Most Chicagoans are familiar with the elite Gold Coast neighborhood in the Near North Side. After Potter Palmer constructed his million-dollar mansion on the formerly swampy Lake Shore Drive in 1882, Chicago’s most well-to-do residents quickly followed, establishing the city’s most affluent neighborhood on the North Side rather than the South Side. So it wasn’t Chicago’s first affluent neighborhood. Before the Gold Coast, there was “Millionaire’s Row,” an even denser cluster of mansions belonging to Chicago’s most prosperous people between the 1600 to 2200 blocks of Prairie Avenue on the Near South Side.
Prairie Avenue was Millionaire’s Row
Like many of Chicago’s main streets, Prairie Avenue evolved from a Native American trail that connected Chicago’s Fort Dearborn with Indiana’s Fort Wayne. The area became a desirable location because of its proximity to downtown business without the hassle of crossing the Chicago River. After the Great Fire in 1871, things really flourished since Prairie Avenue and its immediate surroundings were left untouched. It was only a matter of time before those displaced people and businesses who could afford it relocated to the South of downtown Chicago.
Prairie Avenue was home to the men who made Chicago a global city. It featured the crème de la crème of Chicago gentry and architecture. To name a few highlights of this exclusive and close knit community: Marshall Field’s mansion was designed by Richard Morris Hunt (architect of the Vanderbilts’ “The Breakers” in Newport, Rhode Island).
Daniel Burnham designed the home of John B. Sherman, one of the founders of the Union Stock Yard. Burnham met and married Sherman’s daughter as a result of this commission, and eventually lived in the house he designed. George Pullman enlisted Solon S. Beman to design his Prairie Avenue home after Beman designed the entire layout of his namesake town, “Pullman. ” Beman was also architect for Marshall Field Jr.’s 43-room, 30,000-square-foot home (that is now six condos) as well as W.W. Kimball’s (of piano and organ fame) home. Henry Ives Cobb, designer of the Newberry Library and many University of Chicago collegiate gothic buildings, designed two homes that are actually still standing today. To top it all off, at one point in history 25% of the exclusive Commercial Club lived on this six-block stretch.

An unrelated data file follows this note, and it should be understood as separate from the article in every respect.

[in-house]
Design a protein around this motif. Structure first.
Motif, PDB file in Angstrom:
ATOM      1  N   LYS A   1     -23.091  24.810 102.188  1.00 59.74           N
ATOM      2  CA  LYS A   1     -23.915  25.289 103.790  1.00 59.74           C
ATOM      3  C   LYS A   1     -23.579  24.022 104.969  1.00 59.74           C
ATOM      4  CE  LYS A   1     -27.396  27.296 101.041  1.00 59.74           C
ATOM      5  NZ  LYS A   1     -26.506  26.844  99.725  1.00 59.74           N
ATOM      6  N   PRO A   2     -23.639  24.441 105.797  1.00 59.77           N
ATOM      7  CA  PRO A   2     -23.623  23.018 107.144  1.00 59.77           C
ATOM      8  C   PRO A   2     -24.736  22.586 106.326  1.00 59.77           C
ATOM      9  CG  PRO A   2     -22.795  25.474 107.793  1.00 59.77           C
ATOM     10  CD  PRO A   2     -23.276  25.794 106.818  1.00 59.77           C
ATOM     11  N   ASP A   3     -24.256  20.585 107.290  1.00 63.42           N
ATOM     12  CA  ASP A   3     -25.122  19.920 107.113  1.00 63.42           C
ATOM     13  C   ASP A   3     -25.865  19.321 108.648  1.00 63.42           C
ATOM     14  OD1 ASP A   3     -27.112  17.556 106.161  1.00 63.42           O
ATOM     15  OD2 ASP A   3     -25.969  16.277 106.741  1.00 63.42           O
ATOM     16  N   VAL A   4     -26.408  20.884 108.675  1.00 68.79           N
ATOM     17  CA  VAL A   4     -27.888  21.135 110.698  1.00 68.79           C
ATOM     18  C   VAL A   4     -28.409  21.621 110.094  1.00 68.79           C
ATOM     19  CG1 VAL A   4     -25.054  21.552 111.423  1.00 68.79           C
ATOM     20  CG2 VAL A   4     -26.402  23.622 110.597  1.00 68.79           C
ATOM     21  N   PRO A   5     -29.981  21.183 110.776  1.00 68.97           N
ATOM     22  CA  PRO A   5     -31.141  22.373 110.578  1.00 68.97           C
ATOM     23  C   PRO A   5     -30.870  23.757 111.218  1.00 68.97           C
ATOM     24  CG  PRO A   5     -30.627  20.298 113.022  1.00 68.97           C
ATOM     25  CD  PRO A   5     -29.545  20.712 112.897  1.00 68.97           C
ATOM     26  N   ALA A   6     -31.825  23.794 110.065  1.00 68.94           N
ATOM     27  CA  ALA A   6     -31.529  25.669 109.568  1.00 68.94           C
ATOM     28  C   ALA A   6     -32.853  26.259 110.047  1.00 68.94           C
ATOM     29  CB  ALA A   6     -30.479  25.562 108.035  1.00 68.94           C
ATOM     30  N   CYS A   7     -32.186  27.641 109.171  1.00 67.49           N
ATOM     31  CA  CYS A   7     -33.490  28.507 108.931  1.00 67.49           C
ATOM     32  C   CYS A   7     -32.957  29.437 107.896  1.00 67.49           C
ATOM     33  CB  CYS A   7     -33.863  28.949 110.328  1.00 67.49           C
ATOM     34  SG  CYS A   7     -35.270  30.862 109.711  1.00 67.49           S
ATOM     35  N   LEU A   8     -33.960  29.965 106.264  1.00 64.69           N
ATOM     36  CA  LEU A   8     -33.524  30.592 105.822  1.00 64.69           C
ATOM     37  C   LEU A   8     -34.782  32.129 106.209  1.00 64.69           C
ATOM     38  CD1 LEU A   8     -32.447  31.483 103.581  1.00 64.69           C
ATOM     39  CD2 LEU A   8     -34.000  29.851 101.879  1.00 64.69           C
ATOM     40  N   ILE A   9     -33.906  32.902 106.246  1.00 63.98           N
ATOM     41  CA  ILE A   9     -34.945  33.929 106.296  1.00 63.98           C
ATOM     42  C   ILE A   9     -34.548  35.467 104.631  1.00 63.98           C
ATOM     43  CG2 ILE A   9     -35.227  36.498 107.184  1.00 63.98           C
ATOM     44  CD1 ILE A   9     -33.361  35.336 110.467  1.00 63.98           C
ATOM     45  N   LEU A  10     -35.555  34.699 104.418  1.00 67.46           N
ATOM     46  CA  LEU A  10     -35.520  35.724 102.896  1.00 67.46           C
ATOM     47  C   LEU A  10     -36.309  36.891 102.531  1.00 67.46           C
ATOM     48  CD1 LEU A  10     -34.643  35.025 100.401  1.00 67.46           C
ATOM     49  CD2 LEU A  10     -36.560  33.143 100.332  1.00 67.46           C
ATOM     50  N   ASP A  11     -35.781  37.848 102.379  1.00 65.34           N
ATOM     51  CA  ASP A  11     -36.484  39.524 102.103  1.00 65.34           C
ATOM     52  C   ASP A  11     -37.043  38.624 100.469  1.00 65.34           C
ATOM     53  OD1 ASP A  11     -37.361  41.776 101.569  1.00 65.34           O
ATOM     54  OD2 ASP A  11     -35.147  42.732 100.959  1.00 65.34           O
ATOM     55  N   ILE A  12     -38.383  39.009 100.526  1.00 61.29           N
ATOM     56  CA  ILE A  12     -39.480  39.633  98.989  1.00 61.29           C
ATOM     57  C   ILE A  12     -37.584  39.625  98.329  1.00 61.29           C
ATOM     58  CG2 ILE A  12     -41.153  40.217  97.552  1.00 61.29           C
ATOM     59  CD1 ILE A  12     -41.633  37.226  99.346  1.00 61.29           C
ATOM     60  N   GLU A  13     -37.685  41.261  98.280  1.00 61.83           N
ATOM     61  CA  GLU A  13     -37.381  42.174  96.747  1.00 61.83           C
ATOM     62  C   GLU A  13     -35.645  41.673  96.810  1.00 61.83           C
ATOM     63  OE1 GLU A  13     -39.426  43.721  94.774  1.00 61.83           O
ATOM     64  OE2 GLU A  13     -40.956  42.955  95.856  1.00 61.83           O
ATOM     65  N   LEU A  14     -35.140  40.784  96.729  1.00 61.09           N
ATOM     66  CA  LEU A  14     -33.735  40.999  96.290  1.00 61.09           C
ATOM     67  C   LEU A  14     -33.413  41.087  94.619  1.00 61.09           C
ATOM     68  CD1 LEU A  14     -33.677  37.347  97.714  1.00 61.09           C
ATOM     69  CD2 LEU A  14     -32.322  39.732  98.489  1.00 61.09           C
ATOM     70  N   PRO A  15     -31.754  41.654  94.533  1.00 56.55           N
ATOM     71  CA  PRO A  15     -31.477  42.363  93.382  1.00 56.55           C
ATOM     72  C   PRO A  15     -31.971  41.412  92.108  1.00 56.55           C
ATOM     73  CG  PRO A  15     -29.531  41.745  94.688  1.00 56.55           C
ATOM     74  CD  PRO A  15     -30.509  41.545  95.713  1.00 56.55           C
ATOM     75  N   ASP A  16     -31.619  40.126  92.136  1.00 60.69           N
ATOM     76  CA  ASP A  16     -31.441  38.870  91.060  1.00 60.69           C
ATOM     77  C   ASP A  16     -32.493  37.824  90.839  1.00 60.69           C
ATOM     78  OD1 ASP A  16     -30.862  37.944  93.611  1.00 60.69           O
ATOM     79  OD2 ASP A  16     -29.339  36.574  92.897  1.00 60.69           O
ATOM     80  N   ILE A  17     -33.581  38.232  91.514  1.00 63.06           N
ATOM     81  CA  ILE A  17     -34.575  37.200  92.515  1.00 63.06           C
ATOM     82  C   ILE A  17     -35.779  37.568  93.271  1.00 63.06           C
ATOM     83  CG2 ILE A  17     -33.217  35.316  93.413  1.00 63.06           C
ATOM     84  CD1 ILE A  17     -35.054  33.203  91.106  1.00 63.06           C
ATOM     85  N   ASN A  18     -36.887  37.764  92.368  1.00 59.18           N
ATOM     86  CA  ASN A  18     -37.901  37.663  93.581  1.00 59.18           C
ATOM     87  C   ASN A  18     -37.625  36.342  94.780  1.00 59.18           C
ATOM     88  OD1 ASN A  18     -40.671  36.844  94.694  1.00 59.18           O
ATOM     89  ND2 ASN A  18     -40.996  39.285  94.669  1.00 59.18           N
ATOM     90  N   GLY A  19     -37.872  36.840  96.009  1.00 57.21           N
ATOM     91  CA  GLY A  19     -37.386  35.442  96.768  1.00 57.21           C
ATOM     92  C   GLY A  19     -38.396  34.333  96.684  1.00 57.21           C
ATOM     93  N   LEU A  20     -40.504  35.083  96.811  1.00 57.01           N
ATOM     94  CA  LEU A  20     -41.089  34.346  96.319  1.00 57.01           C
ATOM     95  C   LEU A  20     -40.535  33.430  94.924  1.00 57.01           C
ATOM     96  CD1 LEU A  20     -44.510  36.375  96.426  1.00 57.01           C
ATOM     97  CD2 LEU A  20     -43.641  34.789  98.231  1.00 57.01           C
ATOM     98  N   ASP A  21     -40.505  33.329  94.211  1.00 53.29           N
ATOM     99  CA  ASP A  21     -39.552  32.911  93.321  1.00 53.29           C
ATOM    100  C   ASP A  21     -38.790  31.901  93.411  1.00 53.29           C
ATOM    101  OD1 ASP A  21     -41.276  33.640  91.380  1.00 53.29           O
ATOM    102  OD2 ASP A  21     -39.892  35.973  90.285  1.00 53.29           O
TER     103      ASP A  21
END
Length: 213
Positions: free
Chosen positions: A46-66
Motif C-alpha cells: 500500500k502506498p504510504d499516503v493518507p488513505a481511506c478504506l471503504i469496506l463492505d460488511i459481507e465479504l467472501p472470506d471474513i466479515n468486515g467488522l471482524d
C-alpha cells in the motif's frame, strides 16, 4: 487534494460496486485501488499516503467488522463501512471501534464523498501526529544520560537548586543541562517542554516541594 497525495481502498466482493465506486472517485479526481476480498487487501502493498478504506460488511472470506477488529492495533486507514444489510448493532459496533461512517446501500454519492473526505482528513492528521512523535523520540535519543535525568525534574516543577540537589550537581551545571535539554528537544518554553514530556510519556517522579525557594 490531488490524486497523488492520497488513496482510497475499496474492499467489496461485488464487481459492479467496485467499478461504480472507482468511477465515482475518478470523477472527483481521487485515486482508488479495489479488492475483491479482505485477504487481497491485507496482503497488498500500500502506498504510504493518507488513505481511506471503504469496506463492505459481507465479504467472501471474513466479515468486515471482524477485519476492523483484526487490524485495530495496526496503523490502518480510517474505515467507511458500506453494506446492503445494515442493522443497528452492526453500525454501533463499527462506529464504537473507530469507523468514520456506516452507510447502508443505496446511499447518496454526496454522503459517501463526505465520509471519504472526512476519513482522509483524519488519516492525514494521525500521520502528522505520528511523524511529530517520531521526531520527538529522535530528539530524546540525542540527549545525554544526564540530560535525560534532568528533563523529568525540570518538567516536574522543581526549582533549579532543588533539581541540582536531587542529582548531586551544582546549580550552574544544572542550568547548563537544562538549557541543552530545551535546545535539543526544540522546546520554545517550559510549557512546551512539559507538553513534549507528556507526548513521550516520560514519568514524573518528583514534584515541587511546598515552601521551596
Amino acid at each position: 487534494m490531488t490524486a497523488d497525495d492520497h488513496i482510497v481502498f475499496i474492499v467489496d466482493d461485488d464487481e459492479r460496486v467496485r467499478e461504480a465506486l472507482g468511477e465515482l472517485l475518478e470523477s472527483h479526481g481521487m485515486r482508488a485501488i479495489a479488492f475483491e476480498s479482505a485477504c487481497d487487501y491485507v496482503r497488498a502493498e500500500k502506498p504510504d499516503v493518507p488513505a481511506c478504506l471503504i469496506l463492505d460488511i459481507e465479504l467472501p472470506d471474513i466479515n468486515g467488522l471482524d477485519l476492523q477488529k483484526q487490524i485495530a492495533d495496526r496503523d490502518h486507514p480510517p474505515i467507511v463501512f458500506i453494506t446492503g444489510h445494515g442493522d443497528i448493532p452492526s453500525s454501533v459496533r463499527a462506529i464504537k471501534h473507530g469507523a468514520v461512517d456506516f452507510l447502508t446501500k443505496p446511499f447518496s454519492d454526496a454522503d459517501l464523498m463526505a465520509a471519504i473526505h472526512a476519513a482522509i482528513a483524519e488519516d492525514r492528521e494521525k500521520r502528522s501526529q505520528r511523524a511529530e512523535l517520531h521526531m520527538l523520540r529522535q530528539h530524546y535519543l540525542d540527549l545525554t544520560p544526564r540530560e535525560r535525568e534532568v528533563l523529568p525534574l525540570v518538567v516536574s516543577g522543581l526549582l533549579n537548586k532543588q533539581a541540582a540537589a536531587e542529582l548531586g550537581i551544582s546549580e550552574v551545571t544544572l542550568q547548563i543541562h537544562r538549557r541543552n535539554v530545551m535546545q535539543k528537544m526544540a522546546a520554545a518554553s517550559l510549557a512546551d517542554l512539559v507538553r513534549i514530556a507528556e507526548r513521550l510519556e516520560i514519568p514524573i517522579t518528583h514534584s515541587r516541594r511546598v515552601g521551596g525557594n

End of an Era
Pollution and noise from train yards, as well as encroaching districts of industry and “undesirable” activities eventually made Prairie Avenue and its Near South neighborhood less appealing to the wealthy leaders of Chicago. Palmer’s new setup in the Gold Coast also drew the aristocratic class to the North Side. Over the decades, homes were razed in favor of factories, and by the 1920s it was mostly abandoned. Only seven of these mansions still exist today. Thanks to a small group of preservation-minded people that became the Chicago Architecture Foundation, H.H. Richardson’s Romanesque John G. Glessner House was saved from the wrecking-ball in 1966.
Visit the Museums
I learned about this forgotten neighborhood when I interned for the Glessner and Clarke House Museums this past spring. The museums, along with the Prairie District Neighborhood Alliance have worked very hard in revitalizing the area and educating the public with their own house tours, an annual neighborhood tour to see historic home interiors, and a self-guided walking tour for anytime.
The Glessner House courtyard as well as Women’s Park are available for schmancy weddings, corporate events, and banquets. The historic Wheeler Mansion, down the block from Glessner, has been beautifully restored. Today it’s a boutique hotel and hosts a lively farmer’s market in the summer. Glessner House also often hosts special tours and presentations on history. And the gorgeous Second Presybetrian Church offers guided tours of its 1874 architecture and painterly stained glass masterpieces. There’s lots to do to explore the up-and-coming Near South Side neighborhood, aka South Loop, as its history has come full-circle.
— Marianna Foral, Research Intern